The Lifesaving Society believes everyone, especially children, must be able to swim to survive. To accomplish this goal, the Swim to Survive program was created and launched nationwide. The use of lifejackets as a teaching aid is one key element. The program quickly teaches the skills required to meet the Canadian Swim to Survive Standard.
The Lifesaving Society's website, www.lifesaving.org, is a great resource where you can learn about Water Smart™ choices, Swim to Survive, and how to safely enjoy aquatic activities. Your local swimming facility may also be able to help.
The Lifesaving Society created the Canadian Swim to Survive Standard to define minimum swimming skills for safe activities in, on and around the water. A sequence of three basic skills provides the essential swimming ability to survive an unexpected fall into deep water. These basic skills are: roll into deep water, tread water for one minute, and swim 50 metres.
There is no single right way to perform these skills – any method that achieves them is acceptable.
- Roll into deep water – A fall into deep water is usually not a controlled foot first entry and often includes a tumbling motion. You must immediately be able to get your head out of the water after an unexpected entry.
- Tread water for one minute – Cold water triggers a gasping reflex. The ability to tread water allows you to support yourself at the surface and protect your airway.
- Swim 50 metres – Most drownings occur within two to 15 metres from a point of safety. You must be able to swim to safety. You also need to be able to swim well enough to cope with the extra challenge of swimming in cold water or while wearing clothes.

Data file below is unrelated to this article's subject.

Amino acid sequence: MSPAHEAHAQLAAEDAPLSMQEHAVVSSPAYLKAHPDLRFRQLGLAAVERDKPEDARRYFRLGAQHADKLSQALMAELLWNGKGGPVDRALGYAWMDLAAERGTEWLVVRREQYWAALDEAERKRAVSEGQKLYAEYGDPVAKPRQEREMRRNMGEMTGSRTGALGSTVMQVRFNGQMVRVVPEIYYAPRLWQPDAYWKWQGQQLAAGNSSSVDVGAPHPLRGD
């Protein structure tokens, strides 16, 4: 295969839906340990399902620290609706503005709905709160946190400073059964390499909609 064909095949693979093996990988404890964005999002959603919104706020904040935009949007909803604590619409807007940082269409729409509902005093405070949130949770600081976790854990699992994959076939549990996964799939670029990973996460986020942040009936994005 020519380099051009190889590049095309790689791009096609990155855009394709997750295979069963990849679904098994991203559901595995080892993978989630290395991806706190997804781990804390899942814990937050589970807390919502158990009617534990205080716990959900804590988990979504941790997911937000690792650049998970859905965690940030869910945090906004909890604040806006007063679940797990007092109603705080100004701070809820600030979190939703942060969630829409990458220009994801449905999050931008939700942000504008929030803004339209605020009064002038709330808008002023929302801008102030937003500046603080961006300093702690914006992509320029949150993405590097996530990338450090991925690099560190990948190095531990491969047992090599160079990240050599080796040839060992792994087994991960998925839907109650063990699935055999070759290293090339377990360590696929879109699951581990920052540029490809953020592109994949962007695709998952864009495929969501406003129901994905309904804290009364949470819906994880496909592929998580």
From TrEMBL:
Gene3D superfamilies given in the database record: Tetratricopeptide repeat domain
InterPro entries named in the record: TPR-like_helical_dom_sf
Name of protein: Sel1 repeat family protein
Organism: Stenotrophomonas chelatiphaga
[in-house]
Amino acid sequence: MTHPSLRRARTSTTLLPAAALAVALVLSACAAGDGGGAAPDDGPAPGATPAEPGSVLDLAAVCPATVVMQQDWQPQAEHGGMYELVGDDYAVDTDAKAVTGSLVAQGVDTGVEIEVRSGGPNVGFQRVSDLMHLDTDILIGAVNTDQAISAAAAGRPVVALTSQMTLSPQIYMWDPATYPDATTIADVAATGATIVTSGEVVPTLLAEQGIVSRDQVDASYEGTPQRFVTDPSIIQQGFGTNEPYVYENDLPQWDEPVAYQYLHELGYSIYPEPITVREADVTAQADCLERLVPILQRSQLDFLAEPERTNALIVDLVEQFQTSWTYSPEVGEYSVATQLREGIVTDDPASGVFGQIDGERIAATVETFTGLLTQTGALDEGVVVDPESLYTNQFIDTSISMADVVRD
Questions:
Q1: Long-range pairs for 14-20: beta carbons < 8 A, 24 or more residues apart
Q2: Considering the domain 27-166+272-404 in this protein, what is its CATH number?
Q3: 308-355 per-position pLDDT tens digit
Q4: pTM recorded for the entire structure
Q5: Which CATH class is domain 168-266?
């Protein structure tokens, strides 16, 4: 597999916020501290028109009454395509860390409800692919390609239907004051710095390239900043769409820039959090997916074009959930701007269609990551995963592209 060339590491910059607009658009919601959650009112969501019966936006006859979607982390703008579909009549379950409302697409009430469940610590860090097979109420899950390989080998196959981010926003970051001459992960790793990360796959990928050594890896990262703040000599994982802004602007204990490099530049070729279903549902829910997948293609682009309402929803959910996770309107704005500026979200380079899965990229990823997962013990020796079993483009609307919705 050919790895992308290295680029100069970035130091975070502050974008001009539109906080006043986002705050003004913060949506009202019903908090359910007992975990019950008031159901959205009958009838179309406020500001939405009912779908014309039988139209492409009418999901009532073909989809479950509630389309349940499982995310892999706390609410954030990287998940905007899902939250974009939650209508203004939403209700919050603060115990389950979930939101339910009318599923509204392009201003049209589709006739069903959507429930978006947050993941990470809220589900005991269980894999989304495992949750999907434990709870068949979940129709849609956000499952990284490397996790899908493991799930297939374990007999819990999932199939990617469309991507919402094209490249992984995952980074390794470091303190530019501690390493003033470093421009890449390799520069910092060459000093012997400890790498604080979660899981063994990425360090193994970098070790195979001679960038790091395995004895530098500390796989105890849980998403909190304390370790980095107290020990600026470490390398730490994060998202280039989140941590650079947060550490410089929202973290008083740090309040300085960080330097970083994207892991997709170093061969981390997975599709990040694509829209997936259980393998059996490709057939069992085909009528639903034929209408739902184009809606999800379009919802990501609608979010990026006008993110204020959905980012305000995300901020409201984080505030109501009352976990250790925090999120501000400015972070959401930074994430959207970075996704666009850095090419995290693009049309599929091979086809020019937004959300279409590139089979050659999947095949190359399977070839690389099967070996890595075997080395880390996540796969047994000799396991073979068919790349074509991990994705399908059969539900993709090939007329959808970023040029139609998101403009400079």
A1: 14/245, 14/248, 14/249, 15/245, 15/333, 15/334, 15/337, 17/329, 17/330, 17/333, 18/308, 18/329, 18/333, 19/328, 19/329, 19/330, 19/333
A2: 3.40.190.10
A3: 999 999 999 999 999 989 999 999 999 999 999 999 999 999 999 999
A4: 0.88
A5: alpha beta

Can you swim to survive? Make certain you and every member of your family have these basic skills. For your safety, it is recommended that you first test your skills at a supervised facility where a lifeguard will be available if you need it.
Most drownings result from poor choices we make during activities around the water. Learn to make smart choices. Control the risk of aquatic activities and enjoy the water safely. Combining safe choices with basic swimming ability would reduce drownings and water-related injuries by more than half.
Become water-smart! Learn how to swim to survive, know the facts about water safety and make smart choices to help keep your family happy and safe both in and out of the water.
While effort is made to reflect accepted medical knowledge and practice, articles in Family Health Online should not be relied upon for the treatment or management of any specified medical problem or concern and Family Health accepts no liability for reliance on the articles. For proper diagnosis and care, you should always consult your family physician promptly. © Copyright 2015, Family Health Magazine, a special publication of the Edmonton Journal, a division of Postmedia Network Inc., 10006 - 101 Street, Edmonton, AB T5J 0S1 [PR_FHb06]